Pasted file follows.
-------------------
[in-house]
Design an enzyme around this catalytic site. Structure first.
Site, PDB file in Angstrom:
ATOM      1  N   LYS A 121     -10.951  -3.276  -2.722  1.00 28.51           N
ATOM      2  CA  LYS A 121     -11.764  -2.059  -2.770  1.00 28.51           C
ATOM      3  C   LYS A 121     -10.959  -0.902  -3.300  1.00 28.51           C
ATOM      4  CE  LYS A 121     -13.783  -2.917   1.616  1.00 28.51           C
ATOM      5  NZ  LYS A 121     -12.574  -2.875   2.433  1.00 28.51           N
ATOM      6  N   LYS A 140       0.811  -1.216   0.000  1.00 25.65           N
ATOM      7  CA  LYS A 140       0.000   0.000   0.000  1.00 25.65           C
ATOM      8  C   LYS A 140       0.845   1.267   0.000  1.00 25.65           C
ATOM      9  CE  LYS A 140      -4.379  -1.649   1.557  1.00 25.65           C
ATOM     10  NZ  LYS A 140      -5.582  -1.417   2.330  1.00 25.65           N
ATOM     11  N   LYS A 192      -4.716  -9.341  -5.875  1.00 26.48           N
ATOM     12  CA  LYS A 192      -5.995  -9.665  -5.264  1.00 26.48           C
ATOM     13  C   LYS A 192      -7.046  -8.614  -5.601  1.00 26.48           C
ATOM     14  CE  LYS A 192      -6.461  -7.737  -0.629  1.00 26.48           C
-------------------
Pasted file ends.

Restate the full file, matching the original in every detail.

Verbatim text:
[in-house]
Design an enzyme around this catalytic site. Structure first.
Site, PDB file in Angstrom:
ATOM      1  N   LYS A 121     -10.951  -3.276  -2.722  1.00 28.51           N
ATOM      2  CA  LYS A 121     -11.764  -2.059  -2.770  1.00 28.51           C
ATOM      3  C   LYS A 121     -10.959  -0.902  -3.300  1.00 28.51           C
ATOM      4  CE  LYS A 121     -13.783  -2.917   1.616  1.00 28.51           C
ATOM      5  NZ  LYS A 121     -12.574  -2.875   2.433  1.00 28.51           N
ATOM      6  N   LYS A 140       0.811  -1.216   0.000  1.00 25.65           N
ATOM      7  CA  LYS A 140       0.000   0.000   0.000  1.00 25.65           C
ATOM      8  C   LYS A 140       0.845   1.267   0.000  1.00 25.65           C
ATOM      9  CE  LYS A 140      -4.379  -1.649   1.557  1.00 25.65           C
ATOM     10  NZ  LYS A 140      -5.582  -1.417   2.330  1.00 25.65           N
ATOM     11  N   LYS A 192      -4.716  -9.341  -5.875  1.00 26.48           N
ATOM     12  CA  LYS A 192      -5.995  -9.665  -5.264  1.00 26.48           C
ATOM     13  C   LYS A 192      -7.046  -8.614  -5.601  1.00 26.48           C
ATOM     14  CE  LYS A 192      -6.461  -7.737  -0.629  1.00 26.48           C